RandomDM got rocked like a hurricane!

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Alright all you pesky readers.  I know you’ve been waiting for this one a lot longer than normal.  But there’s been a couple of things tying up my time.  In my free time, I’ve been working on getting ready for the reunion that we are planning for the Mud that I am an admin on.  Yes, it’s true.  I STILL Mud.  It has drained what little free time the day job allows
me these days.  And then, well here’s the post, and you’ll understand the other reason:

Last time there was a lot of weird code
that was displayed and not talked about so this time let’s look at that big clump of splits and dissect it a little.  The code looks like this:

_ {If~str_blah != "" ?
|str_rain = %str_sky%||str_sky = %str_blah%|/}
_ {Split~int_temp_low," /
",str_blah, int_temp_low}

weather_description is what we get from
the line that looks like:

|weather_description = [Weather
Generator(2,{Dice~1d5}, {Dice~1d13}, {Dice~1d12},1,1).MWeather]|

And then we need to manipulate the weather_description, strip out some of the nasty special formating that is spit out, like the we do this up in [GET WEATHER]  before we slip into  splitting our weather description into the various variables that we need to build our atmosphere.  We use this little str_blah at the beginning of our splits because of the way the text is coming out that there is nothing we need or want at the beginning, and then we used weather_description at the end so that we continue to store the remainder of the string so that we can continue to manipulate it.

With our variables we need to make our text strings.  And that is the fun of using table smith.  Our weather tells us about the type of cloud cover that is going on. We also know what kind of wind that we have, but now we need to decide what our actual temperature is.  After some testing I’ve discovered an issue; we are storing temperature as a string and not as an integer.  And I am not aware of a way to cast that string to an integer.  So what do we do about it?  Well we go back to the drawing board and we simplify the table.

So, I stared at this table on and off again for a couple of weeks, and couldn’t figure out a great way to do the weather system, so I turn to you my intrepid readers, what way do you think we should take this table?  How would you do the weather system for our table, or would you just abandon the weather all together?  Let’s hear about it in the comments.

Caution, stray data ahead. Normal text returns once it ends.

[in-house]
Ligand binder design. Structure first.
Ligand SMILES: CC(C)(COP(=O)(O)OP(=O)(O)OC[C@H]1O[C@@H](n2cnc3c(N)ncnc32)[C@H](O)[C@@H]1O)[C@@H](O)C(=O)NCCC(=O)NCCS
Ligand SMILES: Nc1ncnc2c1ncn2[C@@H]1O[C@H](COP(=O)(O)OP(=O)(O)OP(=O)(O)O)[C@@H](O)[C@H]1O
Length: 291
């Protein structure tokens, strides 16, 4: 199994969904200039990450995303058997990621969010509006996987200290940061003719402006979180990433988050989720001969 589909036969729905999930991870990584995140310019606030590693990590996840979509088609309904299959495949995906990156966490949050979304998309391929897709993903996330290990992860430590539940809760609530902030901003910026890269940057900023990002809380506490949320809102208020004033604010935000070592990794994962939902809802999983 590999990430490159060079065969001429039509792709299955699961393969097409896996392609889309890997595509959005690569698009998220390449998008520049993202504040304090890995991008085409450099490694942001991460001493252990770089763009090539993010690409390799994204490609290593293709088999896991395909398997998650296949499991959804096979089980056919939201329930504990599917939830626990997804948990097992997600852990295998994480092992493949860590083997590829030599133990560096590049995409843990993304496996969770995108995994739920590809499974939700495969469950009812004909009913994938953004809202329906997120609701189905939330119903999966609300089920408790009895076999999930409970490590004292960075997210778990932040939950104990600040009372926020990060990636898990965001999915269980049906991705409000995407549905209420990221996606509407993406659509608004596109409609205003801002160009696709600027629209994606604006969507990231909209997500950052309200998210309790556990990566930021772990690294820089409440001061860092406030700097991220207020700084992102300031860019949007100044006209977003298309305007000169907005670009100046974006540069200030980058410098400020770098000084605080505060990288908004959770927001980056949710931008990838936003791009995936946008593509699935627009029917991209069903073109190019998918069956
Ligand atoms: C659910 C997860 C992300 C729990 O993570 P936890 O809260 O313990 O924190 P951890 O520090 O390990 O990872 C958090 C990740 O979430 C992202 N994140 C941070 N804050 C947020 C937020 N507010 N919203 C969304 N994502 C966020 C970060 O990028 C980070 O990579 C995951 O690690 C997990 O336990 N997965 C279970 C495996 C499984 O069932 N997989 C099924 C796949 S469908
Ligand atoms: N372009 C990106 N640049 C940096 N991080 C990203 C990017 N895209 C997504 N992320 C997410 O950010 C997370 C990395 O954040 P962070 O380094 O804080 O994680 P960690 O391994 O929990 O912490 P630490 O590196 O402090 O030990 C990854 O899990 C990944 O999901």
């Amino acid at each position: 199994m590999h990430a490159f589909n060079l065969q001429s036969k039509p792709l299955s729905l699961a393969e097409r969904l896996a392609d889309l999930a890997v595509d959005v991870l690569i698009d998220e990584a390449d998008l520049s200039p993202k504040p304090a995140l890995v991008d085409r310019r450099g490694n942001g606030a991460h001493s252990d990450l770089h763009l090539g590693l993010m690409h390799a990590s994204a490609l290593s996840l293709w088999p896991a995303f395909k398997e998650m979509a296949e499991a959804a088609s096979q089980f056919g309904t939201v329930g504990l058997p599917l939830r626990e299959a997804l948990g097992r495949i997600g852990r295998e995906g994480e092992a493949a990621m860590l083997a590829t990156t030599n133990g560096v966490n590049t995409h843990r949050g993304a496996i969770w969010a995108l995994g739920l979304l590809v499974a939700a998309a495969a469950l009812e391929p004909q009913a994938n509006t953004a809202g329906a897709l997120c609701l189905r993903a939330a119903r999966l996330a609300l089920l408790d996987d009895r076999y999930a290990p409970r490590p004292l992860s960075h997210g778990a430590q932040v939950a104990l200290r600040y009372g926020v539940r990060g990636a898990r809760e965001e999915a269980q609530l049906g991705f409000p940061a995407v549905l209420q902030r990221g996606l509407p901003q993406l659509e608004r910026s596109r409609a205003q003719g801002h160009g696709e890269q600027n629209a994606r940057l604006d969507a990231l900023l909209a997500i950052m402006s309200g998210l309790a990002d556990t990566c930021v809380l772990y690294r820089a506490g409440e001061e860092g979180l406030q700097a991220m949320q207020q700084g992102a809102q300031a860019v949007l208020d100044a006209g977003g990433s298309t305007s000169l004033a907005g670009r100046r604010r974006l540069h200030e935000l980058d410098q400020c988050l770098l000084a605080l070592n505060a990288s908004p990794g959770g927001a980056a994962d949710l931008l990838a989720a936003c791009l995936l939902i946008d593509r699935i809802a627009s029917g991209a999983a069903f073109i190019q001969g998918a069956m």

8 thoughts on “RandomDM got rocked like a hurricane!

    JB Willers said:
    August 30, 2011 at 6:51 am

    Miracles never cease! An article on Tuesday!

    Ok don’t wan’t to provoke, might piss of RandomDM altogether and never hear from him again.
    An interesting point you make wrt. the weather part of Graveyard.tab.

    I was looking at your previous mails on the Table and it seems to me that you might have lost track of what you initially wanted to accomplish with the table.

    I don’t think my party will be concerned with the fact that it is 4 degrees Celcius outside with low cloud cover. If the table could give a random description of the weather as part of the whole experience of visiting the Graveyard then that should cover the “weather” part of the table.

    What we can do is link the weather conditions to other descriptive factors like wind, mist, wetness of the ground, smells and also the venue itself. As far as I recall the table needed to provide for different cities or cultures? in which case a desert Citadel’s graveyard with most probably not experience rainy weather…

    …My two cents – if you agree I throw some more ideas at you. In any event thanks for the effort Troy. As always an entertaining read.


      TheRandomDM responded:
      August 30, 2011 at 7:17 am

      I sort of agree. I think the mood and setting of a graveyard has a lot to do with the weather. So I was focusing on that aspect.